The city’s favourable tax environment, educated workforce, access to financial and natural resources, and trading opportunities make it an ideal place to expand your business. Dubai’s strategic location and proximity to countries in the Middle East, Asia, Eastern Europe, and Africa allow businesses to reach more than 1 billion potential customers.

The city has also formalised its goal to be a smart city that embraces technology and the future. This makes it the top smart city in the MENA region.

Legal Framework for Businesses in Dubai

The legal framework in Dubai is designed to encourage local and international businesses. The city’s legal system is based on civil law principles and Islamic Sharia law. Dubai has its own independent courts, which aren’t part of the UAE Federal Judicial Authority.

The city has also created many free zones with varying laws and regulations compared to non-free zone areas. These include Dubai Academic City, Dubai International Financial Centre, Dubai Media City, Dubai Internet City, Dubai Outsource Zone, Dubai Design District, Technopark Dubai, and International City Dubai. Starting a business in Dubai is relatively easy in terms of process and paperwork.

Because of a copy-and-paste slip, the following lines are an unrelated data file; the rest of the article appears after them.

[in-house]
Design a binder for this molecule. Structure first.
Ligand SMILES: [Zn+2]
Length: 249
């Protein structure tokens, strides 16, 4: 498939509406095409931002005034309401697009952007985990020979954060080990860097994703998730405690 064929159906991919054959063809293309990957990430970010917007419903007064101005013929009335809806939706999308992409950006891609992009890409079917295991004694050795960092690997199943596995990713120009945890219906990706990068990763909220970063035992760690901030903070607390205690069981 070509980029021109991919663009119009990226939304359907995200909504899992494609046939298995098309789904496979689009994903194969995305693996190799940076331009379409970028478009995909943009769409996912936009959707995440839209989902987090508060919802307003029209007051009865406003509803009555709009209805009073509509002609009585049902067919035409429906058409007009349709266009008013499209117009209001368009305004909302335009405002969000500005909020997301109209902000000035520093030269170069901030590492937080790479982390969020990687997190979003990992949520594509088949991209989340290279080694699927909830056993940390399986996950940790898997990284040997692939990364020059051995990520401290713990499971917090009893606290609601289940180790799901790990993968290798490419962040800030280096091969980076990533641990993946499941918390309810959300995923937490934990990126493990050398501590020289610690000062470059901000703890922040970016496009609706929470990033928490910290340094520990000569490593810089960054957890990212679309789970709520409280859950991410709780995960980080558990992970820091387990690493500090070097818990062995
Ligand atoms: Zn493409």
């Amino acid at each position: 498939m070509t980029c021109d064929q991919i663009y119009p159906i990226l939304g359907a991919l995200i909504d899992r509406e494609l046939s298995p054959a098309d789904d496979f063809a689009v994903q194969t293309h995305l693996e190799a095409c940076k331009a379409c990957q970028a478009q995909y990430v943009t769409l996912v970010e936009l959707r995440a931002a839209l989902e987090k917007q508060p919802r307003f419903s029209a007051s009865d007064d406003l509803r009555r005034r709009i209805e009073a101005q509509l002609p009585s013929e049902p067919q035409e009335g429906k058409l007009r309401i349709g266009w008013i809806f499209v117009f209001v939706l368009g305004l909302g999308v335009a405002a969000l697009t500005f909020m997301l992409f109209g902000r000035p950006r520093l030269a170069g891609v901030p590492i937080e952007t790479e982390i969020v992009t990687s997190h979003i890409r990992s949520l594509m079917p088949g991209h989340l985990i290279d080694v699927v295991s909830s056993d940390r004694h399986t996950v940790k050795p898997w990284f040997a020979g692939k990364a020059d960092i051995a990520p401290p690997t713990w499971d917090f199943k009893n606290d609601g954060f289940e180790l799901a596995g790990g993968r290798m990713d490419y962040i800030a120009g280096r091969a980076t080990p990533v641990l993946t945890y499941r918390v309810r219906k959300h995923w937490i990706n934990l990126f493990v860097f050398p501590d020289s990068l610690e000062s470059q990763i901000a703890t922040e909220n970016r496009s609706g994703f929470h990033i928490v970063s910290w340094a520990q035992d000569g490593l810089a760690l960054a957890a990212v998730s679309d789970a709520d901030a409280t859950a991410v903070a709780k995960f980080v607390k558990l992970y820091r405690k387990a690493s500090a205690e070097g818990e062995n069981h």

A foreign company can establish its presence in the UAE by setting up a branch, representative office, or a limited liability company (LLC). Operations within a free zone can be 100% foreign-owned, and no UAE national agent, UAE partner, or shareholder is required.

Impact of Culture on Business in Dubai

The UAE has a diverse and multicultural society, with 80% of the population being expatriates.

This diversity has made the UAE relatively liberal within the region. It provides schools, cultural centres, and restaurants catering for international cultures. The local business culture is very stratified. Most companies have a very solid vertical hierarchy. Arabic is the most spoken language, followed by English, French, Russian, Hindi and more.